Problems in provinces struggling to deliver basic education will be rectified, President Jacob Zuma told a Women's Day event in Pretoria on Thursday.
The "serious difficulties" in delivering education in the Eastern Cape and Limpopo were getting attention.
"We will do our best, working with communities, to reverse current difficulties and deliver quality education in these provinces,” he said.
Some grades in Limpopo received textbooks seven months after the school year started, while others were still waiting. Earlier in the year, lobby group Section27 obtained a court order for books to be delivered to Limpopo by 15 June. They were finally delivered on the revised date of 21 June.
On Monday, Zuma received a preliminary report from a presidential task team he assigned to investigate the debacle, amidst calls for the axing of Basic Education Minister Angie Motshekga.
On Thursday, Zuma said South Africa was on track to meet the Millennium Development Goal of promoting universal access to education.
"The number of girls attending primary, secondary and tertiary education has improved significantly. This is important because education is central to development and can serve as a catalyst to address gender disparities."
Zuma said the graduation of women from institutions of higher learning was steadily increasing, particularly in science, engineering and technology.
Zuma told thousands of people at the Union Buildings that South Africa had made notable strides to elevate the status of women since 1994.
"Most of the achievements in reducing extreme levels of income poverty can be ascribed to government's comprehensive social protection programme."
He said it would take years, if not decades, to completely eradicate poverty, inequality and unemployment, but South Africa would soldier on to achieve that goal.
"We are happy to have achieved the Millennium Development Goal target of reducing the number of people living on less than one US dollar a day," he said.
The nationwide electrification programme had been a great success.
"In rural areas, electrification has increased from 12 percent in 1994 to almost 60 percent currently. In addition, close to 450 000 people were supplied with basic water between April and December 2011."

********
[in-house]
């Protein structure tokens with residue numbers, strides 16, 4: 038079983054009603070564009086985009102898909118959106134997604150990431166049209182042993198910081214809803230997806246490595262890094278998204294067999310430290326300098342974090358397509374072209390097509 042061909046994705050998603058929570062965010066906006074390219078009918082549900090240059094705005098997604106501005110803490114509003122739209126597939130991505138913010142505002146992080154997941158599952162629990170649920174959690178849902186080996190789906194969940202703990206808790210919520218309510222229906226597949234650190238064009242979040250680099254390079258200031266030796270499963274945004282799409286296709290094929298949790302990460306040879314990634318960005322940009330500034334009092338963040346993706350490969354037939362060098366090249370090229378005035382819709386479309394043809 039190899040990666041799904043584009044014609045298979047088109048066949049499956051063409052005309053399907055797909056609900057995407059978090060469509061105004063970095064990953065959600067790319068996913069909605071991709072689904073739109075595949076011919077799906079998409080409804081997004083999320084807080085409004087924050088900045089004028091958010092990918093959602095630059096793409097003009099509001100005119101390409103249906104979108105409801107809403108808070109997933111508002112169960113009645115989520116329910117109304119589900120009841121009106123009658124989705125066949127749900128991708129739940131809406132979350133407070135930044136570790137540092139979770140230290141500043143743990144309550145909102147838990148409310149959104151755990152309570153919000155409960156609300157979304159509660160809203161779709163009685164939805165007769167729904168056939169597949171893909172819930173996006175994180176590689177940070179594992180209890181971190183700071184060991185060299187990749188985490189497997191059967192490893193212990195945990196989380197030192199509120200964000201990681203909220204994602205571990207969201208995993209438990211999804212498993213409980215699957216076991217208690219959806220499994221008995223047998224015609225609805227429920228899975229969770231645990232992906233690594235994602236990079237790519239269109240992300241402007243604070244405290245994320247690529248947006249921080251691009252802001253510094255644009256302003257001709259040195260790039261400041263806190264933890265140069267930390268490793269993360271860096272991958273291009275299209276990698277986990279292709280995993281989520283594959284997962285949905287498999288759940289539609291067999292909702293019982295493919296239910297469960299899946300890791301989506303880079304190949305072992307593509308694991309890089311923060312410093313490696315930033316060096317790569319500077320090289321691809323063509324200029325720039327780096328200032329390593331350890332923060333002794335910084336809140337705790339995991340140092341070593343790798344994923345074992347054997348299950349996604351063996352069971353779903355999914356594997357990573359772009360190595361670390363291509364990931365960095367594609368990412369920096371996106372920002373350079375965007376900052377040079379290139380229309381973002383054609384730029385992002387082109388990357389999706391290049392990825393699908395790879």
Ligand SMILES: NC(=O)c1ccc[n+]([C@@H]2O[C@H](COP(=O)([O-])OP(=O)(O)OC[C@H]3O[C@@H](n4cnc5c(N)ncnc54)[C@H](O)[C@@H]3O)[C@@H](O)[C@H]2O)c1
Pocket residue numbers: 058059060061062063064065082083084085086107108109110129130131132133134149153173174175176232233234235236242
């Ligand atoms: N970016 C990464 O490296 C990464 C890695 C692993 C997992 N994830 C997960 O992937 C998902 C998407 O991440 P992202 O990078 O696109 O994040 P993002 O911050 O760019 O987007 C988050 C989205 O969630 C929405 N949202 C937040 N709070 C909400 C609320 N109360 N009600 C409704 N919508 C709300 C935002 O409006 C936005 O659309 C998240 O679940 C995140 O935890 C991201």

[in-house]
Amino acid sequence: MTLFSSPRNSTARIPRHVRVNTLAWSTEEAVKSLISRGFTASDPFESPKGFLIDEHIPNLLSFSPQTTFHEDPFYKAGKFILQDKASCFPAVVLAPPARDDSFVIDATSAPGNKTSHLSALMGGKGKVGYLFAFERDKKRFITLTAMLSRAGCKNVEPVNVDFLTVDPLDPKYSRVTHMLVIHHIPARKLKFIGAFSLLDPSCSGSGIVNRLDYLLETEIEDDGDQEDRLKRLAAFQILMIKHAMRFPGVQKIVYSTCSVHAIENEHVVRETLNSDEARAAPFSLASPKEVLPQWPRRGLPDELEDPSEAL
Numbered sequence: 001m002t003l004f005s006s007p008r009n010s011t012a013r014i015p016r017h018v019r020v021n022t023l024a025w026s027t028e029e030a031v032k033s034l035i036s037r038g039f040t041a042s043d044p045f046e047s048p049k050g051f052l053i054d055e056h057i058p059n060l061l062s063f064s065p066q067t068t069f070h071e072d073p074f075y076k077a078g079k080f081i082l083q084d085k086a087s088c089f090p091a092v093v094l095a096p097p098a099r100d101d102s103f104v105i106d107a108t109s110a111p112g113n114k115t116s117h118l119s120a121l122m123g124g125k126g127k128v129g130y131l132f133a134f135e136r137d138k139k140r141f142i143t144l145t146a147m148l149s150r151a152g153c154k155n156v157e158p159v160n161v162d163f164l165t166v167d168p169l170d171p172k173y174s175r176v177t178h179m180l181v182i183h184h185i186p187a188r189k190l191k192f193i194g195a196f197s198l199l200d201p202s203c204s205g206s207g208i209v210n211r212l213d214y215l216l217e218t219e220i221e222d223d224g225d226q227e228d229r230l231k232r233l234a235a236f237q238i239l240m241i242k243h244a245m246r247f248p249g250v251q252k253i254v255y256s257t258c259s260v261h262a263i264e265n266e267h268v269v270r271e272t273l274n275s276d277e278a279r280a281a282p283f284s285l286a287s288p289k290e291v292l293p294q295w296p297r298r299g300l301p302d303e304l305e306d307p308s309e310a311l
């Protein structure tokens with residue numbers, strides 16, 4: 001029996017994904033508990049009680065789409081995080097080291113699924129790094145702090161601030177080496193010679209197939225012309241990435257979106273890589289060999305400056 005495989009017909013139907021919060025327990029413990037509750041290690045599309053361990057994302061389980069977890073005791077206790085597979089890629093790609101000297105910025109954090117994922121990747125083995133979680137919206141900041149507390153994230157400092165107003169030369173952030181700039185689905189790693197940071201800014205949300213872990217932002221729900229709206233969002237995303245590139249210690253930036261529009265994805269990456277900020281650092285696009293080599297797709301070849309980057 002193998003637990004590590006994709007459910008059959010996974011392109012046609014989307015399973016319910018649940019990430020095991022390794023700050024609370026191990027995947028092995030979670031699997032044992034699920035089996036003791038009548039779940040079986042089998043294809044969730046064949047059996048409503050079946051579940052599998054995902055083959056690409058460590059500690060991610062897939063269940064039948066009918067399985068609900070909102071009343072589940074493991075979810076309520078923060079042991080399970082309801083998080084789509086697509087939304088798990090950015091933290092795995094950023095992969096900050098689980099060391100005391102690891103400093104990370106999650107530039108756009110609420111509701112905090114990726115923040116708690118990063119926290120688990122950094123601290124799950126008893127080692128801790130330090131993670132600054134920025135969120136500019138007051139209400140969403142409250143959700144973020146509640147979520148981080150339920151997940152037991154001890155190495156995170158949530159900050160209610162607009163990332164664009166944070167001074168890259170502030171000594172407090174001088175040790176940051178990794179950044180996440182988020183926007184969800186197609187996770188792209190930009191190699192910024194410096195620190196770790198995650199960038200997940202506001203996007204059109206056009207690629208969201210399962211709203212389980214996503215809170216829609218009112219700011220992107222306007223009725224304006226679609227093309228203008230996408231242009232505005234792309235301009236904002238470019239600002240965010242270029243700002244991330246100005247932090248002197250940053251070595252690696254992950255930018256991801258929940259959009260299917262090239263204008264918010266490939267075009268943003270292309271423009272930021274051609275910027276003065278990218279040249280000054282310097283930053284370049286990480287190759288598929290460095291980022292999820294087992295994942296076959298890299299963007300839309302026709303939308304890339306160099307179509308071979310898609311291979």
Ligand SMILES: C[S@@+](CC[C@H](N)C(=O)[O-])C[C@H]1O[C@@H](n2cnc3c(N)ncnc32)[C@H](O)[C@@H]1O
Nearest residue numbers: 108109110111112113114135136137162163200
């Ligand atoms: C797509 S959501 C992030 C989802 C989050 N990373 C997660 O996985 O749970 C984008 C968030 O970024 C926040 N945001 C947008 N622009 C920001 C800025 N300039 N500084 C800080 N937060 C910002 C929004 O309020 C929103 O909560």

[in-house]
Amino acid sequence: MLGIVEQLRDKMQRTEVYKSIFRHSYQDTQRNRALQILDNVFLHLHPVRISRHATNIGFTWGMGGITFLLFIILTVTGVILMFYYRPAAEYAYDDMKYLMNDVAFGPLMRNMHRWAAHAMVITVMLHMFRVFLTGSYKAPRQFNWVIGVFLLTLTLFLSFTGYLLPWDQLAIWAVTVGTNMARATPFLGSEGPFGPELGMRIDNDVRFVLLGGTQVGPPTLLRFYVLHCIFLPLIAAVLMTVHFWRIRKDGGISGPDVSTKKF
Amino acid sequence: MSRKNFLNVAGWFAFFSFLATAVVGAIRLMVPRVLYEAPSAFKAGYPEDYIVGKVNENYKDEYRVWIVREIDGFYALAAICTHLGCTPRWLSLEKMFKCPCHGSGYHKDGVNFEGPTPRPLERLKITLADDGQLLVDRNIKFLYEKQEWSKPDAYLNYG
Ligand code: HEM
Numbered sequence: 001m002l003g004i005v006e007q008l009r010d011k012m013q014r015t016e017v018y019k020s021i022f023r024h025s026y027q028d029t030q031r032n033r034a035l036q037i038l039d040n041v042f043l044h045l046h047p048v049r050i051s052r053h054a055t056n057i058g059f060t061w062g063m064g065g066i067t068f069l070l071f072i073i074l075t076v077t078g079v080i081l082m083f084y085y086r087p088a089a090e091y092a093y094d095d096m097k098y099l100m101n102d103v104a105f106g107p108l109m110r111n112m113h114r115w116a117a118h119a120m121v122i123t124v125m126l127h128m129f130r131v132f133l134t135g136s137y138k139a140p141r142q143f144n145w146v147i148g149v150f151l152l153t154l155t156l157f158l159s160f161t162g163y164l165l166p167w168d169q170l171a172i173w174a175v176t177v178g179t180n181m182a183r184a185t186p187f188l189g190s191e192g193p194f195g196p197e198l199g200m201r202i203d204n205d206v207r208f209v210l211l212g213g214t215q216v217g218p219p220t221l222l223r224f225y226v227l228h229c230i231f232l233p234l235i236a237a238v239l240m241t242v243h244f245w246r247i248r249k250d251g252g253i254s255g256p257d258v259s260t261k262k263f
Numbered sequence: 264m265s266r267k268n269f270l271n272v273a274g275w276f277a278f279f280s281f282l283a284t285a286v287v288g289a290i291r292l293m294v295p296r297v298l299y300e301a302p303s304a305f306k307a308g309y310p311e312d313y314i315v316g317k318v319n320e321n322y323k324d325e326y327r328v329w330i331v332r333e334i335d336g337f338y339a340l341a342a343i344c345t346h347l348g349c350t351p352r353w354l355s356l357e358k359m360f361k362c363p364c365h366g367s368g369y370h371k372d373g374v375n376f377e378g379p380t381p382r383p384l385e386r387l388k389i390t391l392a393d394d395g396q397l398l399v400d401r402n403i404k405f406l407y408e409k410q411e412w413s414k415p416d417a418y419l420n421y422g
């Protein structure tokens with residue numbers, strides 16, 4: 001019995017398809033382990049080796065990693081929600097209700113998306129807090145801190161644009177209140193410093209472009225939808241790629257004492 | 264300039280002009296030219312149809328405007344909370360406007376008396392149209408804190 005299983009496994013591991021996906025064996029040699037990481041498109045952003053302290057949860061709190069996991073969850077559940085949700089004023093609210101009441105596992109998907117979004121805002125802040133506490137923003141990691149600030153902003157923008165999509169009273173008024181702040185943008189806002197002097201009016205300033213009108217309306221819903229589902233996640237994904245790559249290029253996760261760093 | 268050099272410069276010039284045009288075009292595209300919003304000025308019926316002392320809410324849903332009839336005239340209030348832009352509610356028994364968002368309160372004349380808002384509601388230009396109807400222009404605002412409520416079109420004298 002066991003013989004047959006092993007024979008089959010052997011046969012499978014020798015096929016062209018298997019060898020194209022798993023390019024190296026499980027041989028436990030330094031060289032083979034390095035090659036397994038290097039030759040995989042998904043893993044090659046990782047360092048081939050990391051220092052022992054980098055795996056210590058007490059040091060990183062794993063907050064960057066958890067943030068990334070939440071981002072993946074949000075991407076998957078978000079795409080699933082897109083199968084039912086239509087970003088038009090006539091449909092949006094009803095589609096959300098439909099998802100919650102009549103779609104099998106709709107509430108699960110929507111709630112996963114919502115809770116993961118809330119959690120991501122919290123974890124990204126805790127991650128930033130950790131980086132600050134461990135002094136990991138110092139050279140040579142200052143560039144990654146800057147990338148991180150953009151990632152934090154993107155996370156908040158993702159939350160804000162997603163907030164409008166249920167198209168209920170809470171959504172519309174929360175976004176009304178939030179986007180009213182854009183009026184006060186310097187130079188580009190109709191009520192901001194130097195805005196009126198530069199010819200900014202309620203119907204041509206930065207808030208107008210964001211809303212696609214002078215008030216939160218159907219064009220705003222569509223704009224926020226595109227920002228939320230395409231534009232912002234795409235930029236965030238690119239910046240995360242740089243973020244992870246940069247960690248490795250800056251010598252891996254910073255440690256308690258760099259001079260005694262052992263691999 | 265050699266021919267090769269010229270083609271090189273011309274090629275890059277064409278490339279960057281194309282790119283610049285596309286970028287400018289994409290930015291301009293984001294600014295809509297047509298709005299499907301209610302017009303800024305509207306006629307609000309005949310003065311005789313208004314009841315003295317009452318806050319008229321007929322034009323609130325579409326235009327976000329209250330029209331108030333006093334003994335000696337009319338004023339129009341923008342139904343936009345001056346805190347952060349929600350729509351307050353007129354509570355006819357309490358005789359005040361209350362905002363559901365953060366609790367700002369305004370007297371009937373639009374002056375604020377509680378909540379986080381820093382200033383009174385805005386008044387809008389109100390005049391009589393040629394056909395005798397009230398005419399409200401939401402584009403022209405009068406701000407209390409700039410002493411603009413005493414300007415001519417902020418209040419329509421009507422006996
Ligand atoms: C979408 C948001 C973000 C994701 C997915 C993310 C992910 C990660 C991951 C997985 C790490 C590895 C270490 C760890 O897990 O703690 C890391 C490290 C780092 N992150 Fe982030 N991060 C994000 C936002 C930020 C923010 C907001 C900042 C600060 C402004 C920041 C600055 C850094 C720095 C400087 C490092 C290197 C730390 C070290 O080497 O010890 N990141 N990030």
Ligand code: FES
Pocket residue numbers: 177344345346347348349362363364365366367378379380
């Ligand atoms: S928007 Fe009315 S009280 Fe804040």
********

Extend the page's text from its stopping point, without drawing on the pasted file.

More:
He said South Africa was making good progress in improving women's access to health care services.
There had been aggressive implementation of policies to increase access to antiretroviral medicines. The country's objective was to increase access to antiretroviral drugs to 2.5 million South Africans by 2014.
He appealed to communities to support families and women who were victims of domestic violence. People should report violence and abuse to the police.
"As a nation we must unite against all hooligans who attack and sexually assault women and girls."
Zuma said the government would eradicate gender disparities, and he urged the private sector to do the same.
"Experience has shown that voluntary mechanisms (to enforce) gender equality are inadequate. For this reason, we have directed the ministry of women, children and people with disabilities to fast-track the Gender Equality Bill, so that we can enforce gender parity measures across all sectors of society."
August is Women's Month in South Africa. Women's Day is commemorated annually on 9 August in memory of the march held by women in 1956 to protest against apartheid pass laws, and a decision to apply them to women too.
In terms of this law, a pass restricted where black people were allowed to be, or travel to, in the country. Not carrying the pass, or not having it up to date, meant a fine or jail.